Vigilante (1983): Breakdown by Rutledal
Death Wish if Charles Bronson was a group of people instead of one person.
The second I saw a movie titled Vigilante in the shelves of the movie store I knew there was no way I was going to leave without it. The cover played heavily on the fact that Quentin Tarantino apparently once said he liked the movie, mentioning his name at least three times more than that of anyone who was actually involved in making the movie. It’s directed by William Lustig (Maniac, Maniac Cop 1-3), and here he does what he does best, painting a grim and uninviting portrait of the streets of New York City. The movie is also packed to the rim with cool actors like Robert Forster, Fred Williamson, Richard Bright, Woody Strode, Steve James and Joe Spinell.
Forster is living a quiet and happy life with his family until his wife one day does the mistake of standing up to a punk that looks (for whatever reason) like Fidel Castro. He rounds up his gang of lowlifes and follows her home. The obligatory rape and killing ensues. Forster comes home to find his son dead and his wife badly wounded. The rotten “justice” system manages to get Forster convicted for contempt of court while the crooks walk away scott free. When he’s released, Forster is a changed man and he joins Fred Williamson’s vigilante group (Earlier in the movie we see Williamson and his men beat-up and kill some two-bit punks). Forster joins to get the men that are behind his son’s death, and since Williamson and the other lads aren’t too picky about their prey, they help him find them.
The movie is easily one of the better vigilante movies to come from the 80’s, but it’s not without it’s flaws. The “origin story” of Robert Forster’s character drags on a little too long, taking over an hour before he starts his quest for revenge, and by then there’s less than 20 minutes left of the movie. While the final act manages to deliver a (small) shootout, a gundown, slow-motion deaths, a car chase and an explosion, the ending still seems rushed. It feels like there is more story to tell and ultimately it feels somewhat disappointing. But despite this lackluster ending, the movie is very good and has no problem standing up against other vigilante movies like The Exterminator and the Death Wish sequels. A recommended view for fans for vigilante movies.
[HOW BAD-ASS ARE THE MAIN CHARACTERS?]
Robert Forster is Eddie Marino
In the first half of the movie Eddie isn’t exactly badass. When he comes out of jail, however, it’s a different story. He has become a man who takes the law into his own hands, a man who doesn’t hesitate to kill the bad guys. But best of all, he has become a certified badass motherfucker.
Fred Williamson is Nick
He is Fred fucking Williamson, what more do you need? The Hammer is, in my opinion, the best and baddest motherfucker to come from the blaxploitation wave. If you really need more the man runs a vigilante group on his spare time, he takes crap from nobody, and he takes time to help a man in a wheelchair while chasing a criminal. He’s not only cool, but also kind.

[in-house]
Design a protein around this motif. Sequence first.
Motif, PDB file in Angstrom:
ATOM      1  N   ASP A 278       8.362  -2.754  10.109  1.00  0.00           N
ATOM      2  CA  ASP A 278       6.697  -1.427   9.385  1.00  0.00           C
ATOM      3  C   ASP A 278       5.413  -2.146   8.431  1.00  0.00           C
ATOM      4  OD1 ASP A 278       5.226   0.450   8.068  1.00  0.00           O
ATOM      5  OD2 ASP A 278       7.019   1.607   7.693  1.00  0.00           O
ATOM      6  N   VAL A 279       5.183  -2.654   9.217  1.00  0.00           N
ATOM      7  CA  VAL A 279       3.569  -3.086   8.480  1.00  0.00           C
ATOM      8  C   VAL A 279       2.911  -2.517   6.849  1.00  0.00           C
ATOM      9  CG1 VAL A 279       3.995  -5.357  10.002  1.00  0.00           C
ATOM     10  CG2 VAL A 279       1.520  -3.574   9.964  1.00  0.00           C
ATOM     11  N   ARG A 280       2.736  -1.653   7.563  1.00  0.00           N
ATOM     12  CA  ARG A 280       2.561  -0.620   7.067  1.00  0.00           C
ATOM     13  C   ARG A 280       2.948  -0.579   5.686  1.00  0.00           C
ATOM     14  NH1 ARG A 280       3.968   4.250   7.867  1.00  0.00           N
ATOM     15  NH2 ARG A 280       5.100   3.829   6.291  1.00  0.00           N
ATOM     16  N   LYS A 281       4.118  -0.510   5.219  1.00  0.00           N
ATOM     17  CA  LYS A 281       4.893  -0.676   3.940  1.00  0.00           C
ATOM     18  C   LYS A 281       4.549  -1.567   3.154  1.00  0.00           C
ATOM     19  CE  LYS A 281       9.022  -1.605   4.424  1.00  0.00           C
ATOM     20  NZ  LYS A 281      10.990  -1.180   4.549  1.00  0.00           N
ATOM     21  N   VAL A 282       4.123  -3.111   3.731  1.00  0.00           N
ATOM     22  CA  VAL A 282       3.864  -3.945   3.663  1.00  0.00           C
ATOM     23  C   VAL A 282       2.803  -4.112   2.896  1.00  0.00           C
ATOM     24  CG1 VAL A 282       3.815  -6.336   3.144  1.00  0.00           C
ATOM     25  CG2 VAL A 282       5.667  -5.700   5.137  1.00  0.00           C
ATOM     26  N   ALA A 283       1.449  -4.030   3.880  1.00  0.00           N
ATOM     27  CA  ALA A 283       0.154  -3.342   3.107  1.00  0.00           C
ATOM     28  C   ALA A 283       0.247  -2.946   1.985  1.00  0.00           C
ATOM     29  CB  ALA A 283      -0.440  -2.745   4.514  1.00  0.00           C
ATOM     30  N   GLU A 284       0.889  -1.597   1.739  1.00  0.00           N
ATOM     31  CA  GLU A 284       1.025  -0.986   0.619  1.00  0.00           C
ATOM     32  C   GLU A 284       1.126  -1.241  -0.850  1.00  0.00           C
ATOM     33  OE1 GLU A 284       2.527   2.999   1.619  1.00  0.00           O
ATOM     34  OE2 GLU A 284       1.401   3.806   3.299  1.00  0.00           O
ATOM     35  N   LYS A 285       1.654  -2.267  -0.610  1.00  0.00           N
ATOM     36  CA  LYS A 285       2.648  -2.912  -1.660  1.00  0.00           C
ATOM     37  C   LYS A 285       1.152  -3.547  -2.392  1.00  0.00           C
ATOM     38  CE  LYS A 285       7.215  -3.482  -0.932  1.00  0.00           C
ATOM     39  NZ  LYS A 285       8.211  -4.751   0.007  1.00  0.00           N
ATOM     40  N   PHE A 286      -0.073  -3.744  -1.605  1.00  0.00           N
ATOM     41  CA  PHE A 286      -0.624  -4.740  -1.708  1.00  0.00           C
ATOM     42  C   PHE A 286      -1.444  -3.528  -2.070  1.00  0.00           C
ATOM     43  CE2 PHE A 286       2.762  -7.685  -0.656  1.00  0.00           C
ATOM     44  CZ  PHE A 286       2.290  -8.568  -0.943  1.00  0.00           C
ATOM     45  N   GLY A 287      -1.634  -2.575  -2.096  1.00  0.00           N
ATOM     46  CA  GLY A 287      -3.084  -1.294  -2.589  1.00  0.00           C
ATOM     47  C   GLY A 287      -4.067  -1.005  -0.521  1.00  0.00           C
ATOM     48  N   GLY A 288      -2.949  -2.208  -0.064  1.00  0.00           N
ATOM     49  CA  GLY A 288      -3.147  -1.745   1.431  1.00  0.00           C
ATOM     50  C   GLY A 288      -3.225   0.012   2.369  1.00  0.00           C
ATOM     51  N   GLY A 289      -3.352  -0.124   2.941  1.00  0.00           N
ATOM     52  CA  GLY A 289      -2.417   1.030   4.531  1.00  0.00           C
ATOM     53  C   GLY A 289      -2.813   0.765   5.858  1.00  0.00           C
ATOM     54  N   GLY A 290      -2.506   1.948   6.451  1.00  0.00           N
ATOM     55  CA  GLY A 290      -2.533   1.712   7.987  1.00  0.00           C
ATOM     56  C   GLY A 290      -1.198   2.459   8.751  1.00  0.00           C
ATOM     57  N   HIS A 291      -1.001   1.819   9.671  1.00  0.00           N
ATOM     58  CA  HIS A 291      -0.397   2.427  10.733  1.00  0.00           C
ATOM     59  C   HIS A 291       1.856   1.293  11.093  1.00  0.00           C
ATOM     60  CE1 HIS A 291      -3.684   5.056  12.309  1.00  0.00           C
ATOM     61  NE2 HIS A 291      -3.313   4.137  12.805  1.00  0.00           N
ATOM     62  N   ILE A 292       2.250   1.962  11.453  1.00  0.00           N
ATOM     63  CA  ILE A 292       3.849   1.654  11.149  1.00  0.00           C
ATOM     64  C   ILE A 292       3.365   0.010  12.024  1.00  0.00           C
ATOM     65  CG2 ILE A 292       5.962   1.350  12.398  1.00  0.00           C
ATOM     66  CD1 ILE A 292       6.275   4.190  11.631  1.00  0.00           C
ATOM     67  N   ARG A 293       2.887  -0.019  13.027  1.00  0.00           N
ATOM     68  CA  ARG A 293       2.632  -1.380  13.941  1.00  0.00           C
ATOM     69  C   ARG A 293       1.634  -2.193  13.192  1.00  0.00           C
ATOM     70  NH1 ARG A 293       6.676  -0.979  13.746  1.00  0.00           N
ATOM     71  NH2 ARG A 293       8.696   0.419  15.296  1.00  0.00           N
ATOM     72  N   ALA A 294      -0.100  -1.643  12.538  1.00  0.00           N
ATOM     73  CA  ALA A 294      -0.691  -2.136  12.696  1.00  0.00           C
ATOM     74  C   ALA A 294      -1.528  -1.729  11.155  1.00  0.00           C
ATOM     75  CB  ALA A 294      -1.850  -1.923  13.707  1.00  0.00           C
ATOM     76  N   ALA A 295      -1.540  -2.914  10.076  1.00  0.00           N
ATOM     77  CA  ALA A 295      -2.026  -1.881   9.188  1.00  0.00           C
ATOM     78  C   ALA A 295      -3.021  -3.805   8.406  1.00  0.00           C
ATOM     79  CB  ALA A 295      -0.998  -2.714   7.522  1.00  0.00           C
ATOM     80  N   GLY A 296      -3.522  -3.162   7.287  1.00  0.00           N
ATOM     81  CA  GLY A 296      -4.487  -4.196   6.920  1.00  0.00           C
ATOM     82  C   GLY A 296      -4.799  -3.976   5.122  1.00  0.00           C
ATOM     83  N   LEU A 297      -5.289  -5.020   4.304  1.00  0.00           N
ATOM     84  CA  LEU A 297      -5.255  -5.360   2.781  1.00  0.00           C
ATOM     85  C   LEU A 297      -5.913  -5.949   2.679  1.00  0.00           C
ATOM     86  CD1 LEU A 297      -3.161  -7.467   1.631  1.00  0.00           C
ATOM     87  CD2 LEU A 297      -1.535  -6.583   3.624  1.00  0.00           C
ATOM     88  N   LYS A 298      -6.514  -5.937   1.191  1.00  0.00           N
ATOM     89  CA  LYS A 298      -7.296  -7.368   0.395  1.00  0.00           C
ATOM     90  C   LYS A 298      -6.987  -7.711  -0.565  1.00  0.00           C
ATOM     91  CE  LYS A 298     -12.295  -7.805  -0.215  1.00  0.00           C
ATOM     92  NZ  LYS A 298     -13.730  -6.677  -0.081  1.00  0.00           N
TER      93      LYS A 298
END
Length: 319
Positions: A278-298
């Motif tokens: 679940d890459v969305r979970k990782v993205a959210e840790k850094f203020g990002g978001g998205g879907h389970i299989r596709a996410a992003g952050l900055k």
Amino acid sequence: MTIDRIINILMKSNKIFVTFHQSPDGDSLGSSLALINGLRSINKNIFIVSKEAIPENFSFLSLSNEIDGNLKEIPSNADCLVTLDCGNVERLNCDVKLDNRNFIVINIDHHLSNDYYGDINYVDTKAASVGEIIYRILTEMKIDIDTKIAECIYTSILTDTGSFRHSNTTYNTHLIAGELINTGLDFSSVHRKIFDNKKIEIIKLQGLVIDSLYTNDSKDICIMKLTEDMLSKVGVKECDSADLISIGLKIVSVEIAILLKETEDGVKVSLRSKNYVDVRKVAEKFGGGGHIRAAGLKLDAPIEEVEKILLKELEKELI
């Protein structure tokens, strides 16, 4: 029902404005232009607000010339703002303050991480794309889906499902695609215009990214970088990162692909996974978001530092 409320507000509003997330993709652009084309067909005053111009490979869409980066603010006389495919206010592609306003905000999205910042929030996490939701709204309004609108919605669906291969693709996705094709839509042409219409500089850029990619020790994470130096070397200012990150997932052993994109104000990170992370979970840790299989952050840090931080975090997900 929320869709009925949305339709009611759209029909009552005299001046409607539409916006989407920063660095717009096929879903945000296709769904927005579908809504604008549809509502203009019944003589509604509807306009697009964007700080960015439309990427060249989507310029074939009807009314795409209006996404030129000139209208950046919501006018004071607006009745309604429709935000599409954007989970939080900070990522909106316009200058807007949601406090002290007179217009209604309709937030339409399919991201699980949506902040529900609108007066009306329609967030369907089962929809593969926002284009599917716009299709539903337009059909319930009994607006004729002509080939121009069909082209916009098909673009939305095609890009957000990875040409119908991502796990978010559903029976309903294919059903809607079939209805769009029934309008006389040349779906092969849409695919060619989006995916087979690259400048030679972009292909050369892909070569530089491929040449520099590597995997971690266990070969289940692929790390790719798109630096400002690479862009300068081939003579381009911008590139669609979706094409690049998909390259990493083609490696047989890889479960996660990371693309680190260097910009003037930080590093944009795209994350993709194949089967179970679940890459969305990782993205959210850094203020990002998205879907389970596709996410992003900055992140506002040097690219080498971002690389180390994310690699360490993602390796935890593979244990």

[THE BODY COUNT: 9 AND A COUPLE UNCONFIRMED]
Various thugs kills 3, and so do both Forster and Williamson. The unconfirmed includes a woman who gets raped and never seen again and a man who is described as being beaten to a pulp, but he is never confirmed dead or alive.
[MOST SATISFYING ASS-KICKING]
In prison there is a big guy who cruising for some ass, prison style. He sneaks up on Eddie, who is alone in the showers, but Eddie ain’t gonna go down with out a fight (pun very much intended). It looks like Eddie is losing outright when out of nowhere, Woody Strode comes along and beats the tar out of both men. You know, to be fair.
[DUDESWEAT AND MACHISMO]
While it never goes as far as rape, the prison shower scenes contains a lot of man ass. Oh yeah.
[EXPLOITATION AND MISOGYNY]
It has the usual vigilante movie attitude towards women. If they aren’t getting raped or killed they’re useless.
[EPIC MOMENT AND BEST ONE-LINER]
Some may argue that it should be the car chase at the end is the film’s epic moment, but to me its right after Robert Forster has committed his first kill. A woman comes out of the bathroom with a gun and shoots one of the members of the vigilante group. In the blink of eye Fred Williamson spins around, pulls his gun and blows her right across the room. Yeah. She literally flies ACROSS THE ENTIRE ROOM.
Nick has just spent the day tracking down the local drug lord and finally confronts him.
Drug Lord: “Hey, don’t you know who I am?”
Nick: “Yeah, I know who you are.”
Nick’s Shotgun: “BAM!”
[THE MORAL OF THE STORY]
If you want something done you better do it yourself, because the system is rotten and corrupt.
[THE CHECKLIST: 14 outta 25]
[X] Athlete(s) Turned “Actor” [Fred Williamson]
[ ] Clinging To The Outside Of A Moving Vehicle
[X] Crotch Attack
[ ] Dialogue Telling Us How Bad-Ass The Main Character(s) Is/Are
[ ] Ending Featuring An Ambulance, A Blanket or A Towel
[X] Giant Explosion(s)
[X] Heavy Artillery
[ ] Improvised Weapon(s)
[ ] Macho Mode(s) Of Transportation
[ ] Main Character Sports Facial Accessory(s)
[ ] Manly Embrace(s)
[X] Notorious Stunt-Man Sighting
[ ] Passage(s) Of Time Via Montage
[ ] Politically Fueled Plot Point(s)
[ ] Senseless Destruction Of Property
[X] Shoot Out(s) and/or Sword Fight(s)
[X] Slow-Motion Finishing Move(s)/Death(s)
[X] Stupid Authoritative Figure(s)
[X] Substance Usage and/or Abuse
[ ] Tis The Season
[X] Torture Sequence(s)
[X] Unnecessary Sequel [Il cittadino si ribella]
[X] Vehicle Chase(s)
[X] Vigilante Justice